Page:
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R: Re: Sirmave part I: phonology

From:Mangiat <mangiat@...>
Date:Friday, January 5, 2001, 21:18
Marcus wrote:

> >Vowels: > > > >There are 15 vowel sounds (6 simple vowels + 5 allophones and 5 nasal > >vowels); native linguists still don't agree whether nasal vowels are > >independent phonemes or allophones of normal vowels appearing before the > >phoneme [n] + another consonant. (Could *you* help me to grasp this > >problem?) > > > > simple nasal > >high i u e~ u~ > >mid e Y o E~ o~ > >low a a~ > > Any reason Y is not nasalized?
As for now, I thought that the phoneme [Y] could have arisen from [o] when in open sillables... but I'm not sure; there are some other candidates: the old diphthongs eu and oi, i.e., but they could appear in closed syllables as well, and to get a stable system, then, I'd have to include [Y~] in the inventory; if I had an [Y~], then it'd be quite obvious that they are allophones.
> This could be part of the key for understanding whether nasalization is > phonemic or allophonic. If nasalization comes from VnC, then we need a > reason why Y cannot occur in this context. If nasalization is phonemic, > then the gap in the inventory is less remarkable. If I had to select one > vowel in the system that could not be nasalized, it would have been Y. > > >Stress > > > >Stress generally falls on the penultimate syllable. A syncope phenomenon > >levelled a lot the irregularities present in the older system ('CV1CV2CV3 > >often became 'CV1CCV3). > > Does that mean the stressed syllable was syncopated? That would be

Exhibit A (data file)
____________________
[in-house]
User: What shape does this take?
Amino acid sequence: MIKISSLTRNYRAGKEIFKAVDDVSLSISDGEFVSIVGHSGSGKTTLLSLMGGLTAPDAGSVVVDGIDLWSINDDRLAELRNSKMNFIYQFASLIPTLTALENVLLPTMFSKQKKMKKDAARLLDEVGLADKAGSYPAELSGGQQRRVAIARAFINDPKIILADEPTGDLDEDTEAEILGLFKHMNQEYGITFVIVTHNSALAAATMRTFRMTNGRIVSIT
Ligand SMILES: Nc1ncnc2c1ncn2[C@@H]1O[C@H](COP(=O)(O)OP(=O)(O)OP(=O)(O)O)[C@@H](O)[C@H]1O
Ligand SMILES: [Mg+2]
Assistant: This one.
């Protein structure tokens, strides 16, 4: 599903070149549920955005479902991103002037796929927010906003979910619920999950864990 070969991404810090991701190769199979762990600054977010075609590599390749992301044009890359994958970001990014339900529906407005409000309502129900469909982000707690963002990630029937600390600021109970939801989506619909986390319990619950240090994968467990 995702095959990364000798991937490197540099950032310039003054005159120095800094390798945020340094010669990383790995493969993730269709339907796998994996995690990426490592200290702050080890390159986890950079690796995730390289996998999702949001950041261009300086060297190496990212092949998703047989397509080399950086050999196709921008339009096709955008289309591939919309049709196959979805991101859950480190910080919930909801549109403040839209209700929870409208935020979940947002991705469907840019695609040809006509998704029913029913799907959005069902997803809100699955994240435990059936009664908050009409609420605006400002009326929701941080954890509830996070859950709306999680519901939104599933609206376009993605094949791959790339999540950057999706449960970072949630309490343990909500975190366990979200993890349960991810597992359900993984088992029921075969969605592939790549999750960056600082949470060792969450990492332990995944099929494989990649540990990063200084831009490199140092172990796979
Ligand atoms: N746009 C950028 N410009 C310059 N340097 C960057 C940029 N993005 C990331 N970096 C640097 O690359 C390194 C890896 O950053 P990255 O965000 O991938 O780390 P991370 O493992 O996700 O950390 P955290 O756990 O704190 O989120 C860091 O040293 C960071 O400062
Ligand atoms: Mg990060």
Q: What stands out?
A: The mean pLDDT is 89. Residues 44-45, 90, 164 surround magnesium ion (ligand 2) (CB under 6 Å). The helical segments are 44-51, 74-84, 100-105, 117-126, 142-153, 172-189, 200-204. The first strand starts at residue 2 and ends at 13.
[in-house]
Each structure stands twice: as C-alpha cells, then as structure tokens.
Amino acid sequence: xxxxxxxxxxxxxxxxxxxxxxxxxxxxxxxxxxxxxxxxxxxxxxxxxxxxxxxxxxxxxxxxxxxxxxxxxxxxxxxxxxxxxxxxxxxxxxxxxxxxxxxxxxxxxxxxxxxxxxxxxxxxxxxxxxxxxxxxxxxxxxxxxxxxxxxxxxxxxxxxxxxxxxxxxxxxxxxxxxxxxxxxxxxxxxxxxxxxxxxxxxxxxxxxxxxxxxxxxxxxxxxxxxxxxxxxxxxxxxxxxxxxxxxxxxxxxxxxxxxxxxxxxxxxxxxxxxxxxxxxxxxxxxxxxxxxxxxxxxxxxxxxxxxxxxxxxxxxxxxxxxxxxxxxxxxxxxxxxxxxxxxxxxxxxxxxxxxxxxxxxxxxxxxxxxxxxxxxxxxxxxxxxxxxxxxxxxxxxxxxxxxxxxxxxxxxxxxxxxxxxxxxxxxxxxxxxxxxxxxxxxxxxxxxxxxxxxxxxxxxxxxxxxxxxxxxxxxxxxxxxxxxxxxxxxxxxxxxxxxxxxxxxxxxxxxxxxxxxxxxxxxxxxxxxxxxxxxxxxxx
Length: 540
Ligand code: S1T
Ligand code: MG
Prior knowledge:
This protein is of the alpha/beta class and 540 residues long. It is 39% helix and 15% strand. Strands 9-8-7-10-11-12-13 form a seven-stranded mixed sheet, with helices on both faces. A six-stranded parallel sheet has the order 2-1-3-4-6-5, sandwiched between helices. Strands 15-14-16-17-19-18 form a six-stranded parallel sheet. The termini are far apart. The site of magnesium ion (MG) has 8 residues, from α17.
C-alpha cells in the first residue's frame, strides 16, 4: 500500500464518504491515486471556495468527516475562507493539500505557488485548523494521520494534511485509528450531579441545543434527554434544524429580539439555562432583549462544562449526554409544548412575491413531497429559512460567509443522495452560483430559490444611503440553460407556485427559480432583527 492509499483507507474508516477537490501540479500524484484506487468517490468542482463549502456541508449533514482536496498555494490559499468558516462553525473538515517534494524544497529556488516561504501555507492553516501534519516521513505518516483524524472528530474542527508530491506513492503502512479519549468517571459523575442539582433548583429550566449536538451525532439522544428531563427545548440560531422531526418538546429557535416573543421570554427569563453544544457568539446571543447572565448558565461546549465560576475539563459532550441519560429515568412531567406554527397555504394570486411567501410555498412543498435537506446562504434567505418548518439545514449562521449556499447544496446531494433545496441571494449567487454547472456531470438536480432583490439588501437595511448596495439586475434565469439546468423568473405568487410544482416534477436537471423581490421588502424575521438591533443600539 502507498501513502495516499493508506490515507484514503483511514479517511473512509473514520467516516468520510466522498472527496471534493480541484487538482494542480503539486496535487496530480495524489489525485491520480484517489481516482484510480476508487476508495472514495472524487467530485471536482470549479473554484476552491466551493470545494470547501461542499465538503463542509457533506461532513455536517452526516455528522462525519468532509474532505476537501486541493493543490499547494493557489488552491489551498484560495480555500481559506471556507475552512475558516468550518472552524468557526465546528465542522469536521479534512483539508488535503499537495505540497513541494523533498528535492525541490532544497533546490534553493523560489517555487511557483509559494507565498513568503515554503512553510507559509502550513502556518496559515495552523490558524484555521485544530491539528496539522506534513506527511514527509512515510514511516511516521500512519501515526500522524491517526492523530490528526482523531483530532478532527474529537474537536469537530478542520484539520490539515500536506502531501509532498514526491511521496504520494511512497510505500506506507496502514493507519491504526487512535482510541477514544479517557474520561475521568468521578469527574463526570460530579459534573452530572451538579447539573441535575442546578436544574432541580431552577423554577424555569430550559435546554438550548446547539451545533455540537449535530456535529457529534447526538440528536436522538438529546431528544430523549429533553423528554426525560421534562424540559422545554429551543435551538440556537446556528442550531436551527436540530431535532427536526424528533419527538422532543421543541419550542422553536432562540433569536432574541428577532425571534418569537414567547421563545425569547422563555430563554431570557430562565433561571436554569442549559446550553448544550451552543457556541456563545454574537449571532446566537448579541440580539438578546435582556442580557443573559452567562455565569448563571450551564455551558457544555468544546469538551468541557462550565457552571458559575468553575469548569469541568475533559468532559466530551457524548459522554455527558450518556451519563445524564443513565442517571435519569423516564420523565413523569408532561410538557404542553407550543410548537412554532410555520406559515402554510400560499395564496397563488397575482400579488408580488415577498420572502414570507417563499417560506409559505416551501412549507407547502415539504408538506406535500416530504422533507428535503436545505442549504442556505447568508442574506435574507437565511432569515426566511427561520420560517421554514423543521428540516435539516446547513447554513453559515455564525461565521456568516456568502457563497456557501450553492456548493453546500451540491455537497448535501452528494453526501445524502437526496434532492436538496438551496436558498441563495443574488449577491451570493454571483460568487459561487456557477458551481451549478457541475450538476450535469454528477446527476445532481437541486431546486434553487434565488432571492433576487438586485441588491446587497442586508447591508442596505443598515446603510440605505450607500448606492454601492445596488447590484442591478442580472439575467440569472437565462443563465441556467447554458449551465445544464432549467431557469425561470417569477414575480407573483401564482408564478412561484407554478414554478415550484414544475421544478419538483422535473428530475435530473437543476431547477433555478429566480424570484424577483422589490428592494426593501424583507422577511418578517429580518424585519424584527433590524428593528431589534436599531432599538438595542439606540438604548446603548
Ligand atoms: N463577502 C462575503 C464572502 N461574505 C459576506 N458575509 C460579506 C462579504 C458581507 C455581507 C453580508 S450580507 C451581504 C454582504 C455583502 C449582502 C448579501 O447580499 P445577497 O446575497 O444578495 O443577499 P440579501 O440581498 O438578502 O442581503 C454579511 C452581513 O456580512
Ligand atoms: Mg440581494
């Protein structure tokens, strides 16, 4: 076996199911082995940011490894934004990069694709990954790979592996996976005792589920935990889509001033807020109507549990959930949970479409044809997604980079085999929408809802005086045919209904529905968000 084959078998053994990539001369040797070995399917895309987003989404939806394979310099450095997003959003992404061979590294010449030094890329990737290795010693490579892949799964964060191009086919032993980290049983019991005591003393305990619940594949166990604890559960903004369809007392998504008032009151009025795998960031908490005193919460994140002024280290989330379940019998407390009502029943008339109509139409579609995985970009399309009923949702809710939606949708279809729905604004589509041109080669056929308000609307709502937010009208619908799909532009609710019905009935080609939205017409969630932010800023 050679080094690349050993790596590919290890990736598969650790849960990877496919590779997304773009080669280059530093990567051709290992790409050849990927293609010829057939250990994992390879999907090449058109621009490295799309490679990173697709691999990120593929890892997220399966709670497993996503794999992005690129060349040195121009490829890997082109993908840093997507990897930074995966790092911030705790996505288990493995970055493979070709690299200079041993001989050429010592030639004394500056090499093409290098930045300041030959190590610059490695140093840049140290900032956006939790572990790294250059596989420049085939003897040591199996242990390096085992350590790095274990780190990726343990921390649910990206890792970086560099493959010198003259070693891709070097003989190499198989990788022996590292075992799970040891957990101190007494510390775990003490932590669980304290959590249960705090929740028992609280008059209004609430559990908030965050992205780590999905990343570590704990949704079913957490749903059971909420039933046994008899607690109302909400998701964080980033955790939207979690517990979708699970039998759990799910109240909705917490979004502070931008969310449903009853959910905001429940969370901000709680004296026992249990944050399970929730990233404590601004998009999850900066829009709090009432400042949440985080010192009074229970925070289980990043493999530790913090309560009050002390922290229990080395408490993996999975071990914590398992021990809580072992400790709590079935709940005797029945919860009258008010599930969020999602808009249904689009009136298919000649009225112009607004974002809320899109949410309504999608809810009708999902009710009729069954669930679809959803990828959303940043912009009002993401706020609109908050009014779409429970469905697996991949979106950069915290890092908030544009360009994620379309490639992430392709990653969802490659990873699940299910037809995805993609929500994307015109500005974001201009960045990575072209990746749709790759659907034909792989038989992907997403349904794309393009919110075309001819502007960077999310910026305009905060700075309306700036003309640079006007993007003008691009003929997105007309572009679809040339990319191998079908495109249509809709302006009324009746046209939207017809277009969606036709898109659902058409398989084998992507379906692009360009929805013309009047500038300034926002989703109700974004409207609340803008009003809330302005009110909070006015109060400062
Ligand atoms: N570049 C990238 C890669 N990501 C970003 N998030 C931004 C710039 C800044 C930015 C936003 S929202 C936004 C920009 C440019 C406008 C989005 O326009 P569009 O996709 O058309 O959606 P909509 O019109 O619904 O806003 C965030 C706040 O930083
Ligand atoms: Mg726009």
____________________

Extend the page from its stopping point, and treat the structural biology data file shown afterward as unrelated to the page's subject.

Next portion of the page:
unusual. The *unstressed* syllable in is syncoped. I wrote: ('CV1CV2CV3 often became 'CV1CCV3) where I marked the stress with a ' on CV1. Luca
> Marcus > > > > > > =============================== > Marcus Smith > AIM: Anaakoot > "When you lose a language, it's like > dropping a bomb on a museum." > -- Kenneth Hale > =============================== >